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Quick Pitch: Medify mines data from millions of studies to make assessing medical experts and treatments easier.
Genius Idea: Visually explaining how medical conditions and their treatments have been studied.
A 2010 study by the Pew Internet Project found that searching for health information online was the third most popular online pursuit. But what you find when you search is not necessarily what you need if you’re managing a disease.
Searching “autism,” for instance, brings up a Wikipedia page, a fact sheet from the National Institutes of Health and an overview from MayoClinic. If I get more specific with my search, and type in “Risperdal,” a drug that is sometimes used to treat autism symptoms, I get a result titled “What Risperdal did to me” and another for a dense 2002 study by the Massachusetts Medical Society.
Derek Streat, Medify’s co-founder and CEO, didn’t find these sorts of search results helpful when his daughter was diagnosed with a rare and threatening illness.
“If you spend any decent amount of time with a doctor,” he says, “you will surpass what a WebMD will tell you within a half hour conversation.”
Meanwhile, sifting through troves of studies intended for medical professionals was frustrating.
Medify attempts to find a productive compromise between these two extremes of online health information. It aggregates published research from the U.S. National Institutes of Health’s Medline, a database that contains more than 18 million references to journal articles going back to 1946. Then it scrapes data points like the number of patients studied, their treatments, symptoms and side effects to generate insights about medical treatments and experts.
It arranges these datapoints in easy-to-read graphs. At a glance, it’s easy to see what treatments are being studied the most and where most of the research is coming from.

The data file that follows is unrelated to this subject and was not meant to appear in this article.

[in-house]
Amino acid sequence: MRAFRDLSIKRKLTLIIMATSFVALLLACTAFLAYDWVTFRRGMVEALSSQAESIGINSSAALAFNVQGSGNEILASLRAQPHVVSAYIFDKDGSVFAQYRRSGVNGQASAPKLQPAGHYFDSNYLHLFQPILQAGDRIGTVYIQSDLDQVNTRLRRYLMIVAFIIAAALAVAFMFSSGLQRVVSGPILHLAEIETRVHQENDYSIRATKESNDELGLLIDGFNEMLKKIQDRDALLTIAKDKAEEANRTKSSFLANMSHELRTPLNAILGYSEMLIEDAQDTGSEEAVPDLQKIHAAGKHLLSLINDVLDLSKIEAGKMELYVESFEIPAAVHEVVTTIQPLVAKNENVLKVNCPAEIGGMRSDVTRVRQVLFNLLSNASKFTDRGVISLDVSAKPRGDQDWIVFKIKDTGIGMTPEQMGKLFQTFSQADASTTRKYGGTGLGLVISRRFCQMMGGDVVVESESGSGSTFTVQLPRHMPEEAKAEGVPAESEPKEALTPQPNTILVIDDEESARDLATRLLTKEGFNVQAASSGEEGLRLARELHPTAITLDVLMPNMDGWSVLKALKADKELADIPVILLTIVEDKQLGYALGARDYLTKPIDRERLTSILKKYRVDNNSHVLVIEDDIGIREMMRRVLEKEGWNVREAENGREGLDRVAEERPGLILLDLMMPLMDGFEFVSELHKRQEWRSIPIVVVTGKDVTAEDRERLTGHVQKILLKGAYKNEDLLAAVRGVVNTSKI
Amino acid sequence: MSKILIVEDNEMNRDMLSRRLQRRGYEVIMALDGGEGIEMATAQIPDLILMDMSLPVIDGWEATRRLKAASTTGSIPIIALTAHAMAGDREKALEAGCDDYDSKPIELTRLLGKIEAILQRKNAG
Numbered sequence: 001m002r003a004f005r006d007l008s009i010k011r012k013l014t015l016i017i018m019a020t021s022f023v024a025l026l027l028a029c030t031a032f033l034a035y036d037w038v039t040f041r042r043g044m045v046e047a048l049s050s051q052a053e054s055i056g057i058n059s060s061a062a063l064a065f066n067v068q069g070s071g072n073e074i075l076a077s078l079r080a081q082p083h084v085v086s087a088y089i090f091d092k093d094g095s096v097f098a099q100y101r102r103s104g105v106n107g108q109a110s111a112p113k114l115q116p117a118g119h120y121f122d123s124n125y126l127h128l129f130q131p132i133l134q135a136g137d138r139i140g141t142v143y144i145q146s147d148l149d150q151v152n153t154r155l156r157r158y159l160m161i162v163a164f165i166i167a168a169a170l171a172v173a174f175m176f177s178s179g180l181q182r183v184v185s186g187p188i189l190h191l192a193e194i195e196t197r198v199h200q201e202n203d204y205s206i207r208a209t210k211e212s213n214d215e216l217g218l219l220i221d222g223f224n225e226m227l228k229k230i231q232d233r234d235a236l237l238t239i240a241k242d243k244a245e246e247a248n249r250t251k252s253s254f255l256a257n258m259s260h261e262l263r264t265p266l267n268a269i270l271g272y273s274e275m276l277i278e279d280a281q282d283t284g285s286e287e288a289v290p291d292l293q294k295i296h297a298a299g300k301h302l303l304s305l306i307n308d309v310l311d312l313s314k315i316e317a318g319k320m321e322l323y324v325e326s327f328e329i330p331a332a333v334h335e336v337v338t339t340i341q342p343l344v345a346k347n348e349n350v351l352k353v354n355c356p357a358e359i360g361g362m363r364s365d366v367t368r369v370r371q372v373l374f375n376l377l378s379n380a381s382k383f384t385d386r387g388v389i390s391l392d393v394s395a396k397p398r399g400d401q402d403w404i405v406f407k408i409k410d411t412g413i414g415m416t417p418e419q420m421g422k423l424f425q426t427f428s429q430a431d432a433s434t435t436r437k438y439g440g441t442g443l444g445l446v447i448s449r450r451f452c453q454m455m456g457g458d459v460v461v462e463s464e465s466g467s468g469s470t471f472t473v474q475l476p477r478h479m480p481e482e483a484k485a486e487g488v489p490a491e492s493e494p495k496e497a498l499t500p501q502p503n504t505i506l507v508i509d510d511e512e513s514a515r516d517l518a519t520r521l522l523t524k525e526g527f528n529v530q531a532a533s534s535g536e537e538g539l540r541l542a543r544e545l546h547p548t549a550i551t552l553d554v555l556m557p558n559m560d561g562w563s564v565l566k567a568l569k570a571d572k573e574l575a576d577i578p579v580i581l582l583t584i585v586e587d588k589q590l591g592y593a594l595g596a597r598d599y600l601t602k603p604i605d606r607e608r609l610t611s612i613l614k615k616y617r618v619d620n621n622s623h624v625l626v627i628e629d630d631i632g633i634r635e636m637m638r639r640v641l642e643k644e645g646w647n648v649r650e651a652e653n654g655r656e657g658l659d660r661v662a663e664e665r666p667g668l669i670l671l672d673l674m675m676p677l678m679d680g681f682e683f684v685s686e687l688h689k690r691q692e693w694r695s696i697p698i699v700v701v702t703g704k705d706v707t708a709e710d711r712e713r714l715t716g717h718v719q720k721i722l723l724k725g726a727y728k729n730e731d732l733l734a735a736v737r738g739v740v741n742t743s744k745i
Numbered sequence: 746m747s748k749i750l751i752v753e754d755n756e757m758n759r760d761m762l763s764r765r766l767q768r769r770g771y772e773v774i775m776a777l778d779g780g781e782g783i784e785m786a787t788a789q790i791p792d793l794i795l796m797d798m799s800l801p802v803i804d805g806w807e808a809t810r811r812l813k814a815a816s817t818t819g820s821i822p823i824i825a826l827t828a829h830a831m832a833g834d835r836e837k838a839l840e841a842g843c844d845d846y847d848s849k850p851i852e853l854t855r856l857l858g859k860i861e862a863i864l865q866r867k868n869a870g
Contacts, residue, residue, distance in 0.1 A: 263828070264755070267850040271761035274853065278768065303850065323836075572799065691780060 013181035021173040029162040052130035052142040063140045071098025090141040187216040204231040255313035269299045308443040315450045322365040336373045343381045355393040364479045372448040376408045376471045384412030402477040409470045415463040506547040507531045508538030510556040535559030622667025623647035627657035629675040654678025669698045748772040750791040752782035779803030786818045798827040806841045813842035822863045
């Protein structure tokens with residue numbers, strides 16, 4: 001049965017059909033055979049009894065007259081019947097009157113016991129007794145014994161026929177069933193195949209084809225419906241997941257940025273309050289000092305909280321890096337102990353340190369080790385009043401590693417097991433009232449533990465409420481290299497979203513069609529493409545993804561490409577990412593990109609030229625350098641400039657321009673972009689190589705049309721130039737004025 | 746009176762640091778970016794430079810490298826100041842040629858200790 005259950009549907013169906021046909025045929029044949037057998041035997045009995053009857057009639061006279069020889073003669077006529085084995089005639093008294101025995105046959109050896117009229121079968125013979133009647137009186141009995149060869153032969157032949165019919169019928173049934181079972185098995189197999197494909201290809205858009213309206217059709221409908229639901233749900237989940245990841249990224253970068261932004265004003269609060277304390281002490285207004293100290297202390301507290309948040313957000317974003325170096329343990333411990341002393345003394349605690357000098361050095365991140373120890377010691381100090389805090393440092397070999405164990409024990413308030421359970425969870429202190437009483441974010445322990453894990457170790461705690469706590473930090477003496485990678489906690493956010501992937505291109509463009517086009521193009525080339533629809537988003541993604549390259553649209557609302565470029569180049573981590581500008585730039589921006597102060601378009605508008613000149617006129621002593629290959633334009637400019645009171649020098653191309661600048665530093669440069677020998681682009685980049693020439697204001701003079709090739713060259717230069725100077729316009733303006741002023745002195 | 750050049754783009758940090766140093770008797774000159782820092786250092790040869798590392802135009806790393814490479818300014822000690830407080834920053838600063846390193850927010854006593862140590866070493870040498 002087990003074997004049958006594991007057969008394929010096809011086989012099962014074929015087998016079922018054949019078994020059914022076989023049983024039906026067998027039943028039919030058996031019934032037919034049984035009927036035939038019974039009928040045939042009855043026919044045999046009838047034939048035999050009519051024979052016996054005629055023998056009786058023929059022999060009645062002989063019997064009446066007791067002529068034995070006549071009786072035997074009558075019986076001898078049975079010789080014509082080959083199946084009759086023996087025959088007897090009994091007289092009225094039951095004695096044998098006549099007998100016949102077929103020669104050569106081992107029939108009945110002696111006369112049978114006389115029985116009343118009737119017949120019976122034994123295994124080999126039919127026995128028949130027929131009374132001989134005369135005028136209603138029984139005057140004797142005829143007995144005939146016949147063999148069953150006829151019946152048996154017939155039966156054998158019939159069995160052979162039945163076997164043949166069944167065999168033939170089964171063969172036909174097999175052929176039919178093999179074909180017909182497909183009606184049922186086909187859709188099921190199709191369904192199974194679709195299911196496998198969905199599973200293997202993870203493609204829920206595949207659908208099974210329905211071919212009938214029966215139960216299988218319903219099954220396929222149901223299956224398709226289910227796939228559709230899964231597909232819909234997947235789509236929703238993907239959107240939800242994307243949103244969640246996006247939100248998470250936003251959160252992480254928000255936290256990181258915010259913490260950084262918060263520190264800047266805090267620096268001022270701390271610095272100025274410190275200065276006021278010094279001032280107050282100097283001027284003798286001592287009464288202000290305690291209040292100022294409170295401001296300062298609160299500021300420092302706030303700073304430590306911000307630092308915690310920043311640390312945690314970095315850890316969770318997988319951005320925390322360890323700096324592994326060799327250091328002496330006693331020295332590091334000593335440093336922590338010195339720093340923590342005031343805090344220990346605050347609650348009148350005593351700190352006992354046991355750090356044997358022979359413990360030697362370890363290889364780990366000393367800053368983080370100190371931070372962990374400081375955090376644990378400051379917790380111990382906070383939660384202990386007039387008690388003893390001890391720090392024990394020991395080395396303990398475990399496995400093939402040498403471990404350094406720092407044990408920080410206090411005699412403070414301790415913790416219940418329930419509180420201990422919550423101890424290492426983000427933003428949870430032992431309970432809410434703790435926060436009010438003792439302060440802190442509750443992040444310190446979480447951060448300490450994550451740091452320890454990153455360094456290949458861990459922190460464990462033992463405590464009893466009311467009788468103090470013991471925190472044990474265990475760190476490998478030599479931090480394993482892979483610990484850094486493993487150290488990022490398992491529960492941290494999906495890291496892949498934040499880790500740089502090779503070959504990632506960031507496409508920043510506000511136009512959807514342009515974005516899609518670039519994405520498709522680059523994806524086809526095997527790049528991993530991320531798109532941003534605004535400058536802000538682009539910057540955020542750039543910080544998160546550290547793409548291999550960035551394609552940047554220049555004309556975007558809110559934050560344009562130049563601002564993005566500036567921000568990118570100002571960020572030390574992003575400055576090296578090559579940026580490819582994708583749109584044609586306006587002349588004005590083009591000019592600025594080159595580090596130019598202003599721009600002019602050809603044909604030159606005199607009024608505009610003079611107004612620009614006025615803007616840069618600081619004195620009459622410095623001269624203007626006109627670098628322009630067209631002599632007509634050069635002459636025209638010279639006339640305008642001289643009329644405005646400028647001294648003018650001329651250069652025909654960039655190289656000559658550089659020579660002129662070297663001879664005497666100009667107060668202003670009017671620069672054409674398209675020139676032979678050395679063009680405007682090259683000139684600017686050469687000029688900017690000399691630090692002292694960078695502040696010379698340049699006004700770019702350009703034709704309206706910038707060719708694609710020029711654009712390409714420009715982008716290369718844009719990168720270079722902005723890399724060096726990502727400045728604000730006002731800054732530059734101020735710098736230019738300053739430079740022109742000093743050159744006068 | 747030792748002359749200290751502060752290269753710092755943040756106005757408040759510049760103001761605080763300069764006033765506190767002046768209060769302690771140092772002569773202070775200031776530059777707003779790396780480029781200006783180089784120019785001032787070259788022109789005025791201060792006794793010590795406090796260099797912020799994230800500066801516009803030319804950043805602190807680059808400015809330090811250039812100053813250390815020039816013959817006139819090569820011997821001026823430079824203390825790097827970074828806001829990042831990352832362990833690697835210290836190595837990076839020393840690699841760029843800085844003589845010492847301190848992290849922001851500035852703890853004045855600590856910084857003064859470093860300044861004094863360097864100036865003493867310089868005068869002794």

A “strength of evidence” graph, for instance, uses an algorithm that bases rankings of treatments for a given medical condition on factors such as how far the drug has gotten in clinical trials, how often it has been studied, how many people it has been studied on and how quickly that treatment is evolving. Users can personalize the search by selecting their demographic information or symptoms to see studies that involved only people like themselves or their loved ones.
Ranking treatments this way might make doctors and researchers — whose papers include pages of caveats for a reason — squirm in their lab coats.
“Every patient is different, but if you get a big enough signal, that matters,” Streat argues.
He says that the platform intends to make it easier to have informed conversations with doctors rather than deliver a verdict on one treatment or another.
“At the end of the day, there’s no drug that you’re going to be able to look at on Medify that you can go buy yourself. It’s not going to spit out a pill.”
If nothing else, Medify helps narrow down relevant studies that might be hard to extract from Medline’s database without assistance. Each customized graph the site creates cites the long version of the studies from which it has pulled data.
Medify is still in beta and without a revenue stream. It is considering either offering premium research services or opt-in marketing services in the future, and Streat says that unexpected attention from the medical community might make a version for doctors another viable source of income.
For now, the company is operating on $1.8 million of funding from Voyager Capital and several angel investors.
Series Supported by Microsoft BizSpark
The Spark of Genius Series highlights a unique feature of startups and is made possible by Microsoft BizSpark, a startup program that gives you three-year access to the latest Microsoft development tools, as well as connecting you to a nationwide network of investors and incubators. There are no upfront costs, so if your business is privately owned, less than three years old, and generates less than U.S.$1 million in annual revenue, you can sign up today.
Via Mashable: http://www.mashable.com